Trump’s Killing Spree: The Inside Story of His Race to Execute Every Prisoner He Could

Before 2020, there had been three federal executions in 60 years. Then Trump put 13 people to death in six months IN THE FINAL moments of Brandon Bernard’s life, before he was executed by lethal injection at a federal penitentiary in Terre Haute, Indiana, on Dec. 10, 2020, President Donald Trump picked up the phone to entertain a final plea for mercy on Bernard’s behalf. The call was not with Bernard’s family or his attorneys. Nor was it with representatives from the Justice Department’s Pardon Attorney office, who had recommended just days earlier that Trump spare Bernard’s life.

Ohio Senate tries to abolish death penalty, again

COLUMBUS, Ohio (WSYX) - For the sixth time in a row, a bill introduced at the Ohio Statehouse will aim to end the death penalty in the Buckeye State — a measure gaining increasing bipartisan support as the years go by.

However, the Ohio House may prove an obstacle in getting the bill across the finish line.

Sen. Nickie Antonio (D-Lakewood) introduced her latest bill in a news conference this week, to end Ohio's practice of putting prisoners to death. She last introduced a similar measure in March 2020, also with Republican support — but in a legislative year that was quickly overcome by the coronavirus pandemic.

"It's time to take for the state of Ohio to take the compassionate, pragmatic and economically prudent step to abolish the death penalty," Sen. Antonio said, noting that prosecutions and numerous appeals in death penalty cases often take years and millions of taxpayer dollars — while still housing those death row inmates and providing meals and facilities, much like other prisoners.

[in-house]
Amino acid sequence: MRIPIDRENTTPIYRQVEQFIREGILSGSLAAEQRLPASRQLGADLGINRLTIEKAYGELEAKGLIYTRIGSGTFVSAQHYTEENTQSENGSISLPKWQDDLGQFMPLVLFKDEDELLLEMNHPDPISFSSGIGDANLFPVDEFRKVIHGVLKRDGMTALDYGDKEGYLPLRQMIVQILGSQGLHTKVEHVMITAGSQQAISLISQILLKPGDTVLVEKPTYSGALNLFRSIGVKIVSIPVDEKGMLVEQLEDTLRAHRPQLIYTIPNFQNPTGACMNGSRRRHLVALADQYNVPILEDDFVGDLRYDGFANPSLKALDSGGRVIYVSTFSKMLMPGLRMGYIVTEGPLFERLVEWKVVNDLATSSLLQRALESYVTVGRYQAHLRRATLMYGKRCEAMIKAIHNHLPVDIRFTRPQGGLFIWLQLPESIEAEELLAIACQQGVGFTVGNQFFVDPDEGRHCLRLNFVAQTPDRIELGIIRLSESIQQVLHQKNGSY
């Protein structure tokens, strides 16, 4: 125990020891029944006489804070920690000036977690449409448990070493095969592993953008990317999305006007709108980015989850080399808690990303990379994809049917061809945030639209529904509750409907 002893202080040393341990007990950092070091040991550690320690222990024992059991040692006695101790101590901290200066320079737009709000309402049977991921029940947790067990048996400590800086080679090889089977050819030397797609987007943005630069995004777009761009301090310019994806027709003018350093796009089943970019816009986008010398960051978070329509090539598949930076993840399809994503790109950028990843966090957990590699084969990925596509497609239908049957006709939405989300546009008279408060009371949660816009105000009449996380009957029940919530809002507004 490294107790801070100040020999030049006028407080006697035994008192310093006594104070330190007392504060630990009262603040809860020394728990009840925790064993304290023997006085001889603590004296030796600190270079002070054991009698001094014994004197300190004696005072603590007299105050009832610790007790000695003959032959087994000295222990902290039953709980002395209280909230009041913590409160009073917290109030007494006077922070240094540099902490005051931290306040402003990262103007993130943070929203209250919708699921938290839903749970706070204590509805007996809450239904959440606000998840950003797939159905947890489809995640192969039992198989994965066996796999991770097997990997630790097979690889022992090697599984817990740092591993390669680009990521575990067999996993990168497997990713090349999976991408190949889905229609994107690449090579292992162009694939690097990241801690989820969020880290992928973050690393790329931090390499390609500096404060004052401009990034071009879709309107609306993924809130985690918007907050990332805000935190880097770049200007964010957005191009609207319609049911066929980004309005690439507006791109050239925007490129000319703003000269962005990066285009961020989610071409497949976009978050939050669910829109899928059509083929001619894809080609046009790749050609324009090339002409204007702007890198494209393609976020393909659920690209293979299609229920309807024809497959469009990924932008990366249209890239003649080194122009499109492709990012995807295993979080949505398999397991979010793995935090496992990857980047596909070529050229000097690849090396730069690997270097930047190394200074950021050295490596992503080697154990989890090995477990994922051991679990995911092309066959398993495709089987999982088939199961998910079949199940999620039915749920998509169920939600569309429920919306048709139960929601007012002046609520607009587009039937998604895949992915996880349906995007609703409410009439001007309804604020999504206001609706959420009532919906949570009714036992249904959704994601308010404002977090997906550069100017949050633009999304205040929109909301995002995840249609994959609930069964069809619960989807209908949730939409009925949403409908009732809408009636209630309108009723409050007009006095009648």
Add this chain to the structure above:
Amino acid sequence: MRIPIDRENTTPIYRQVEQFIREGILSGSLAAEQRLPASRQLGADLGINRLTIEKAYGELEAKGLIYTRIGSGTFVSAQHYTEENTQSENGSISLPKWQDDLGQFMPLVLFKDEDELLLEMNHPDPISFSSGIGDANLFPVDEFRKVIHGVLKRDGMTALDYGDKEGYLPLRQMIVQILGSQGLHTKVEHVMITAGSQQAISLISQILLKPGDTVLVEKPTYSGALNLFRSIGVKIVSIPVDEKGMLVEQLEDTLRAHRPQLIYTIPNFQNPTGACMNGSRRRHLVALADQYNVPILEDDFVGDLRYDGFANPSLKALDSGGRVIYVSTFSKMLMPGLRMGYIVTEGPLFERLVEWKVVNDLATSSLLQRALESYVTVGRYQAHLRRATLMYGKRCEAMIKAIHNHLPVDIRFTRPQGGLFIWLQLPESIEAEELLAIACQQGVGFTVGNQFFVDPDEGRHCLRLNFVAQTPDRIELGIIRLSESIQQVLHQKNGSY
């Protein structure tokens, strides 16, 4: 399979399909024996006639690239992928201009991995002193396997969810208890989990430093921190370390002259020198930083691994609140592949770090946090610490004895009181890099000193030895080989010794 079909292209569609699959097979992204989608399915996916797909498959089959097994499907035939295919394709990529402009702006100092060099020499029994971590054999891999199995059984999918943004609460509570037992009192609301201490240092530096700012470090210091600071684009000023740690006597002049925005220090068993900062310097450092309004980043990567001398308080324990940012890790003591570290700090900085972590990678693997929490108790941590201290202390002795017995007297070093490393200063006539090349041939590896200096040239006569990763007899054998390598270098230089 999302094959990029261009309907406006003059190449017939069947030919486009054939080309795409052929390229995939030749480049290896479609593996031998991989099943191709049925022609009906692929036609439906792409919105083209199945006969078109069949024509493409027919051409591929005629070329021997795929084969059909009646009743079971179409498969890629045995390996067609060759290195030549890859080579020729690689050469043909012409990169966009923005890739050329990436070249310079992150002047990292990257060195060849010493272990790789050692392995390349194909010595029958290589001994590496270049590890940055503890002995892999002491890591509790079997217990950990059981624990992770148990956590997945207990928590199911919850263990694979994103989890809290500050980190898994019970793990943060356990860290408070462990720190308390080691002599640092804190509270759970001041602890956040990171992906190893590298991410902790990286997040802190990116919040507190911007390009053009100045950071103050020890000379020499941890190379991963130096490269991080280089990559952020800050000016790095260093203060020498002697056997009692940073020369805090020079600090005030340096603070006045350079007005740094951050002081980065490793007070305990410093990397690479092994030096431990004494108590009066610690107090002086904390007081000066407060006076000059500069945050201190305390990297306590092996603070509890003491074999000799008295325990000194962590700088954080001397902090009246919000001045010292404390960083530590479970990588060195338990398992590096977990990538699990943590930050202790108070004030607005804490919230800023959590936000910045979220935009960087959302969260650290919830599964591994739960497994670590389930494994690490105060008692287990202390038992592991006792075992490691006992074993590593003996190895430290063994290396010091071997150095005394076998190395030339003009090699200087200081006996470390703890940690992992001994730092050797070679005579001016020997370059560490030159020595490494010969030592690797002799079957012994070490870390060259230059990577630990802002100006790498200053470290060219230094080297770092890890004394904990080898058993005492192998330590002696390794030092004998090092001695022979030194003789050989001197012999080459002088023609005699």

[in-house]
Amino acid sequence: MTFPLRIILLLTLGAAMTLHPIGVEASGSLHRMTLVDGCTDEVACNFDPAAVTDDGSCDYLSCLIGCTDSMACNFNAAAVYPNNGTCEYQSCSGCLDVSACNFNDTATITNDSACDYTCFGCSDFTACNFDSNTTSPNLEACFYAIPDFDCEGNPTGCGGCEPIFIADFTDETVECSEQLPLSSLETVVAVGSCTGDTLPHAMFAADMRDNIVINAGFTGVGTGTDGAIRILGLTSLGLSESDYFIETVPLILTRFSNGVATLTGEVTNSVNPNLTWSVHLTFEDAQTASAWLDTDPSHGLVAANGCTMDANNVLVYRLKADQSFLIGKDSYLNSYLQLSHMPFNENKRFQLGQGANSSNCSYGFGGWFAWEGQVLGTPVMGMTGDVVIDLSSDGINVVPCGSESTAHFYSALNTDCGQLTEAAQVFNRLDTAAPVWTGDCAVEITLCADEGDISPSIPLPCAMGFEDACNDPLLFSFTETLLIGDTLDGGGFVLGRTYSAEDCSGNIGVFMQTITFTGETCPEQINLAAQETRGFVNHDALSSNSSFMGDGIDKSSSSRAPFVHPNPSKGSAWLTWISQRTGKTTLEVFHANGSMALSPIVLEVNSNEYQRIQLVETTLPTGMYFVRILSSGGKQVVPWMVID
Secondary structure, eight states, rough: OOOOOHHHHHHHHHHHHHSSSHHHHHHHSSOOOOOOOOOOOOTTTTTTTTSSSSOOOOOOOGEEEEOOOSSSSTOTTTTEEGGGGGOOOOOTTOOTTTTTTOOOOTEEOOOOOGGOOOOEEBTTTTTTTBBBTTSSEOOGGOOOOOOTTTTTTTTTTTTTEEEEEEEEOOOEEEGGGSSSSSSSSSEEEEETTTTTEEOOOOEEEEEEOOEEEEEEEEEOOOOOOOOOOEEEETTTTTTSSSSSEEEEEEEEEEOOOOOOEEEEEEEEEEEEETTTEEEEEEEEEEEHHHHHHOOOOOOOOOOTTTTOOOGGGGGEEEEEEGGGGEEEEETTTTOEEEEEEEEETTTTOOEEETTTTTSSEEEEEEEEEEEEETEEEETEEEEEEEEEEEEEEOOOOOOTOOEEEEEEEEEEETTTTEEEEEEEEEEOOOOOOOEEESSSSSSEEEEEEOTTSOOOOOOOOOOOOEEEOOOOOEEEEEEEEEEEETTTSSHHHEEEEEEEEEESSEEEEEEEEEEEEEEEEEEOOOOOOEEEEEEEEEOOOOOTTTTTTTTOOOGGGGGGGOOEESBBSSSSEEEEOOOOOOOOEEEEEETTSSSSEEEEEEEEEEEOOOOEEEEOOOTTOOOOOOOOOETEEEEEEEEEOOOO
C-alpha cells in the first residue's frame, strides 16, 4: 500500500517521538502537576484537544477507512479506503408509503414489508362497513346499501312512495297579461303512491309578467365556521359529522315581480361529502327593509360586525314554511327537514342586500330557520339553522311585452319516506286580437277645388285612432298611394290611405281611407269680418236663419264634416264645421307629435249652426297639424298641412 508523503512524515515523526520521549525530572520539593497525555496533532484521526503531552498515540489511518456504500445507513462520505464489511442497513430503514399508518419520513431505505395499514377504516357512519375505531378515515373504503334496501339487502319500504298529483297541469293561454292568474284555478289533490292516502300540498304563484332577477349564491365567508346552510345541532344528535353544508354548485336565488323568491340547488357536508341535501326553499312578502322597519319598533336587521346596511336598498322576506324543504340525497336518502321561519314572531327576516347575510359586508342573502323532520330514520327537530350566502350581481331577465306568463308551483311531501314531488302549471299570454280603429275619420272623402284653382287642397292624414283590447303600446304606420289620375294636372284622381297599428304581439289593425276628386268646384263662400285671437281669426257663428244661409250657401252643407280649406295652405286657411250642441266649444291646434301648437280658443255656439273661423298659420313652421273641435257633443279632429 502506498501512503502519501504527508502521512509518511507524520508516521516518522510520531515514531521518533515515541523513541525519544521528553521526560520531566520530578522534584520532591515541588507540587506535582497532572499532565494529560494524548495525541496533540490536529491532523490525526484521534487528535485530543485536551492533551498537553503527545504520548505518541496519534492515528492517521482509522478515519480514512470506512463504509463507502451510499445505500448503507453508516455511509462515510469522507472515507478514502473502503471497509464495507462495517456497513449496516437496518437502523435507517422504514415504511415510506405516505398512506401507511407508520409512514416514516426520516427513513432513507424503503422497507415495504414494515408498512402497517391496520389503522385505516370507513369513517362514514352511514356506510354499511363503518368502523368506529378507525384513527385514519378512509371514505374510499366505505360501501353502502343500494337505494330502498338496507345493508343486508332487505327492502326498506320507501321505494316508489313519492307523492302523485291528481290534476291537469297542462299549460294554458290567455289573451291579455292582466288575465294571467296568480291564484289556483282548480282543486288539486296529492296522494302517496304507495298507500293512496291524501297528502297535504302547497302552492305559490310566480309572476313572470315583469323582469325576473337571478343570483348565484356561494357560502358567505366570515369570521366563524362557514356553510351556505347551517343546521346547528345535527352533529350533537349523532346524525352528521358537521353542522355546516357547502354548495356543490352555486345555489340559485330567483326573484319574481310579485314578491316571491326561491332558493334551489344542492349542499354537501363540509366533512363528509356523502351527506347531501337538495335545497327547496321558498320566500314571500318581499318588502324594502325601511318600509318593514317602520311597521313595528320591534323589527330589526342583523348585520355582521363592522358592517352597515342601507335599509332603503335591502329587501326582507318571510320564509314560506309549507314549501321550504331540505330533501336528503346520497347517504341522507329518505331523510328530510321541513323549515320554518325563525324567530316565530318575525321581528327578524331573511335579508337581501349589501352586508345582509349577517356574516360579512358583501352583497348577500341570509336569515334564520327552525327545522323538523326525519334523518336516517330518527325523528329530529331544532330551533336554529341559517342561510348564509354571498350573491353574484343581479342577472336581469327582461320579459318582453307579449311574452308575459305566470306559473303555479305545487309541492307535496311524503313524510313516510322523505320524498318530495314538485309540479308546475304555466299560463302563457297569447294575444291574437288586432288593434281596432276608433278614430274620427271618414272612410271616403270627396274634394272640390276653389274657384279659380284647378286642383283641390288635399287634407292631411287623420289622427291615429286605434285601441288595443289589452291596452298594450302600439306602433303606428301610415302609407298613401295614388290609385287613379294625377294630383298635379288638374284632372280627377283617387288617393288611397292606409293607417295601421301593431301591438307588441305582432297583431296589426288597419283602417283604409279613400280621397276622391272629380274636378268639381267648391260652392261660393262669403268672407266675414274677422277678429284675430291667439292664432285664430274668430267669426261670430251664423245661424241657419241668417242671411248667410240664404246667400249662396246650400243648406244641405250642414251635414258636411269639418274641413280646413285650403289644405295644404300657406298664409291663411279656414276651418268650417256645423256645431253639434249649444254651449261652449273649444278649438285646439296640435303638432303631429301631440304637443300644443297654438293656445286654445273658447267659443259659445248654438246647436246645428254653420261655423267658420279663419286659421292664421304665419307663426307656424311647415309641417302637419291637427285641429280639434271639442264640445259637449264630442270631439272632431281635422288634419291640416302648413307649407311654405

Sen. Antonio has notable bipartisan support for the measure, as she did in 2020, including from staunch conservatives like Sen. Kristina Roegner (R-Hudson), who noted this week that she is unapologetically pro-life on abortion measures.

"Life is sacred; it's sacred from conception till natural death," Sen. Roegner said. "And yeah, I've done a lot of work on the front end of that equation, but there is certainly work to be done on the back end, too."

Support appears to extend to the governor's office, where Republican Mike DeWine has also signaled his willingness to move away from the death penalty. DeWine suspended all executions upon entering office, in order to study the issue of how Ohio executes death row inmates, given that lethal drugs are near-impossible to come by.

DeWine has focused his efforts for more than a year on reforms to take guns away from convicted violent felons, which he believes would be more deterrent that capital punishment.

"I'm putting my energy into, frankly, things that I think will save lives and...really make a difference and keep Ohio families safer," DeWine said Thursday.

Despite the Senate and governor's support, however, the Ohio House may remain a sticking point with its large conservative Republican majority, and a Speaker who still supports the ultimate punishment.

“I believe there are instances where the death penalty is appropriate," House Speaker Bob Cupp (R-Lima) said in a statement Friday. "In reading the horrific details of cases before the Supreme Court when I served as a Justice, there were some instances of such cruelty that it was hard to wrap one’s mind around it."

"The death penalty is appropriate when it comes to the worst of the worst," he added, noting that Ohio did pass a measure in 2020 to eliminate the death penalty for convicted murderers who suffer from serious mental illness or disability.

Those affected most by the death penalty, outside of death row inmates, are often split on the usefulness of capital punishment. Jonathan Mann, whose father was murdered by death row inmate Thomas Knuff in 2017, now advocates for the end of Ohio's death penalty with the group "Ohioans To Stop Executions."

"I'll be 40 this year; if appeals take 20 years and Thomas [Knuff] started his appeals in 2020, I'll be 60," said Mann. "It's extremely painful. You have to re-live this trauma over and over again."

Source: local12.com, Geoff Redick, February 21, 2021

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"One is absolutely sickened, not by the crimes that the wicked have committed,
but by the punishments that the good have inflicted." -- Oscar Wilde

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